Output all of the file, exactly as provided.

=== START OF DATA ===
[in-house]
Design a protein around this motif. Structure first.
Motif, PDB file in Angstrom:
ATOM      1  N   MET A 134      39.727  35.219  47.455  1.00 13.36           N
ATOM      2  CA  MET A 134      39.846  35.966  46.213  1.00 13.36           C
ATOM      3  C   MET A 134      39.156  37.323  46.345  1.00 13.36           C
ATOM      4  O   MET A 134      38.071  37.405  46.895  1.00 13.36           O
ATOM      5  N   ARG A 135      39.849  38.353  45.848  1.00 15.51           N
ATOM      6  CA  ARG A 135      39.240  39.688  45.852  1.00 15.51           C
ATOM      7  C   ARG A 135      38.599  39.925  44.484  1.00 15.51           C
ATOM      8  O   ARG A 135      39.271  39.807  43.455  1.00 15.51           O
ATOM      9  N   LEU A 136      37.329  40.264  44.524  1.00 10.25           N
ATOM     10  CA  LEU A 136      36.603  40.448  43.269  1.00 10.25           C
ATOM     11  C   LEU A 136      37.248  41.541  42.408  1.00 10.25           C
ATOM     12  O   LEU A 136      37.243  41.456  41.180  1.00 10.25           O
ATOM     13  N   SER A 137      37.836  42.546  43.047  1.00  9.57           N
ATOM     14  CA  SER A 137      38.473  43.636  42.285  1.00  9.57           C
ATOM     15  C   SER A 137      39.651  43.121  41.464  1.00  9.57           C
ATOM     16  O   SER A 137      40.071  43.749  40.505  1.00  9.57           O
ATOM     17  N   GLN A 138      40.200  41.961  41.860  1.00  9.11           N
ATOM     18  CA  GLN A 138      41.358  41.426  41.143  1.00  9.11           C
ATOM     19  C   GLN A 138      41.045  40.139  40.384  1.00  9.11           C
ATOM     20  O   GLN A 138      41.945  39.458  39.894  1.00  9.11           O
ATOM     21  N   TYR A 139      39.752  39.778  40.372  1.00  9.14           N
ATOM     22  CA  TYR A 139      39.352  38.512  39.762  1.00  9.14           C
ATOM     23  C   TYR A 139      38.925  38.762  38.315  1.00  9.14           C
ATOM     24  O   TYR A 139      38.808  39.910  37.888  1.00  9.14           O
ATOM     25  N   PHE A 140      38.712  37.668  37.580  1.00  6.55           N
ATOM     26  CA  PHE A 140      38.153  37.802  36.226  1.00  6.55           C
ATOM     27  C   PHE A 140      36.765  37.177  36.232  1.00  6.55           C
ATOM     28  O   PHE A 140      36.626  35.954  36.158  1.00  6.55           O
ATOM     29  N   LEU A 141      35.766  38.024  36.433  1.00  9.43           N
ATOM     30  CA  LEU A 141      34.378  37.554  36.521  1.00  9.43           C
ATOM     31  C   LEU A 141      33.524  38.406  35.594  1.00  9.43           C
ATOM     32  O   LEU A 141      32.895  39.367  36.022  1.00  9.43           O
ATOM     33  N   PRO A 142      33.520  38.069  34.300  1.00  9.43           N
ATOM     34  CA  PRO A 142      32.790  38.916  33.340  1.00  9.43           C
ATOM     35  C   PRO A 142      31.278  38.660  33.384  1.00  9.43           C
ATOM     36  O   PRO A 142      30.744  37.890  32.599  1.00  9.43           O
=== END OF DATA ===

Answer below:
[in-house]
Design a protein around this motif. Structure first.
Motif, PDB file in Angstrom:
ATOM      1  N   MET A 134      39.727  35.219  47.455  1.00 13.36           N
ATOM      2  CA  MET A 134      39.846  35.966  46.213  1.00 13.36           C
ATOM      3  C   MET A 134      39.156  37.323  46.345  1.00 13.36           C
ATOM      4  O   MET A 134      38.071  37.405  46.895  1.00 13.36           O
ATOM      5  N   ARG A 135      39.849  38.353  45.848  1.00 15.51           N
ATOM      6  CA  ARG A 135      39.240  39.688  45.852  1.00 15.51           C
ATOM      7  C   ARG A 135      38.599  39.925  44.484  1.00 15.51           C
ATOM      8  O   ARG A 135      39.271  39.807  43.455  1.00 15.51           O
ATOM      9  N   LEU A 136      37.329  40.264  44.524  1.00 10.25           N
ATOM     10  CA  LEU A 136      36.603  40.448  43.269  1.00 10.25           C
ATOM     11  C   LEU A 136      37.248  41.541  42.408  1.00 10.25           C
ATOM     12  O   LEU A 136      37.243  41.456  41.180  1.00 10.25           O
ATOM     13  N   SER A 137      37.836  42.546  43.047  1.00  9.57           N
ATOM     14  CA  SER A 137      38.473  43.636  42.285  1.00  9.57           C
ATOM     15  C   SER A 137      39.651  43.121  41.464  1.00  9.57           C
ATOM     16  O   SER A 137      40.071  43.749  40.505  1.00  9.57           O
ATOM     17  N   GLN A 138      40.200  41.961  41.860  1.00  9.11           N
ATOM     18  CA  GLN A 138      41.358  41.426  41.143  1.00  9.11           C
ATOM     19  C   GLN A 138      41.045  40.139  40.384  1.00  9.11           C
ATOM     20  O   GLN A 138      41.945  39.458  39.894  1.00  9.11           O
ATOM     21  N   TYR A 139      39.752  39.778  40.372  1.00  9.14           N
ATOM     22  CA  TYR A 139      39.352  38.512  39.762  1.00  9.14           C
ATOM     23  C   TYR A 139      38.925  38.762  38.315  1.00  9.14           C
ATOM     24  O   TYR A 139      38.808  39.910  37.888  1.00  9.14           O
ATOM     25  N   PHE A 140      38.712  37.668  37.580  1.00  6.55           N
ATOM     26  CA  PHE A 140      38.153  37.802  36.226  1.00  6.55           C
ATOM     27  C   PHE A 140      36.765  37.177  36.232  1.00  6.55           C
ATOM     28  O   PHE A 140      36.626  35.954  36.158  1.00  6.55           O
ATOM     29  N   LEU A 141      35.766  38.024  36.433  1.00  9.43           N
ATOM     30  CA  LEU A 141      34.378  37.554  36.521  1.00  9.43           C
ATOM     31  C   LEU A 141      33.524  38.406  35.594  1.00  9.43           C
ATOM     32  O   LEU A 141      32.895  39.367  36.022  1.00  9.43           O
ATOM     33  N   PRO A 142      33.520  38.069  34.300  1.00  9.43           N
ATOM     34  CA  PRO A 142      32.790  38.916  33.340  1.00  9.43           C
ATOM     35  C   PRO A 142      31.278  38.660  33.384  1.00  9.43           C
ATOM     36  O   PRO A 142      30.744  37.890  32.599  1.00  9.43           O